Sunday, People for Miles Everywhere Going Home from Church

by James Everett

Gray sky, clouds all in a rush, air smelled like gunshot.
Almost cold early October, like dreaming men
next to a lake, crowded in the shade, wind off the water, awkwardly dry.
Let’s go back to the sky, the more distant clouds hung gunmetal,
they stretched the length of the day, the day seemed long,
the chill was in that length. The chill was like dusk,
instant cold, immediate drop, ebbing light. Today,
no sun seen, too many clouds, we take dusk on faith,
first dark, then darker.

Given wings, we’d lose the ground fast. Let’s go back
to the sky. Fabled beginning. Place of travel.
Lucifer, Icarus, Ascension of Jesus. Crop dusters.
Airliners. Preying of hawks, circling of buzzards.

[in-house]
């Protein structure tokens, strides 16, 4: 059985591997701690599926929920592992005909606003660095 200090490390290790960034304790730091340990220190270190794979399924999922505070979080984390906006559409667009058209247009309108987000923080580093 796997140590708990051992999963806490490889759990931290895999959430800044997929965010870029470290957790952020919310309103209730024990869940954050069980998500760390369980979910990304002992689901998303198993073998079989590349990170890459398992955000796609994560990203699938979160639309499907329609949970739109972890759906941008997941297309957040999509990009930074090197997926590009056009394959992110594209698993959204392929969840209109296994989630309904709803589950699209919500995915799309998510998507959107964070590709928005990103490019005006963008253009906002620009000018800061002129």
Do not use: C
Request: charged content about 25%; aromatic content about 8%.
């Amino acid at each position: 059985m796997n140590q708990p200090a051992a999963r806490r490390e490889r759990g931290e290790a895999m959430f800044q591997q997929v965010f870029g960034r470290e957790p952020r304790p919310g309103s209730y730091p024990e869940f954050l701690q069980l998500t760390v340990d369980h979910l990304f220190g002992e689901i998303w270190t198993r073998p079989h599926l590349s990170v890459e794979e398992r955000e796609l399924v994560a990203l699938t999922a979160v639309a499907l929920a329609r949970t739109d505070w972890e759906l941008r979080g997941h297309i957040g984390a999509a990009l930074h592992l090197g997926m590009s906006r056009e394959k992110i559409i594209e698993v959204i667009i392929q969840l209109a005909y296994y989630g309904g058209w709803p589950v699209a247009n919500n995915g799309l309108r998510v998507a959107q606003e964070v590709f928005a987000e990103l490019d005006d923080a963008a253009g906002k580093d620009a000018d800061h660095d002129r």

How far into the gray to heaven? Push into the sky
too far the light changes, the subtle blends of gray,
the gradation of paradise, all this lets to black.

James Everett says, “Born and raised in Jackson, Mississippi, I felt a certain loss of entertainment in my teenage years, and like others, I’m sure, I dreamt of bigger cities.  High school was drinking and parties in cow fields, abandoned lots, construction sites for new subdivisions.  Once a hay barrel was set on fire and to my recollection I never went cow tipping.   I started writing poems I’m not sure when, and left home for Davidson College on a creative writing scholarship.  In the past year or so I’ve worked contracted labor, managed a wine bar, taught at a community college, been a personal assistant and office task force and gardened for money.  Currently, I’m a Grisham Fellow in the M.F.A. program at the University of Mississippi in Oxford.  I live with my dog Zoe, a black mutt and reveler of mud puddles.”

James Everett was nominated for Poets Under 30 by Beth Ann Fennelly.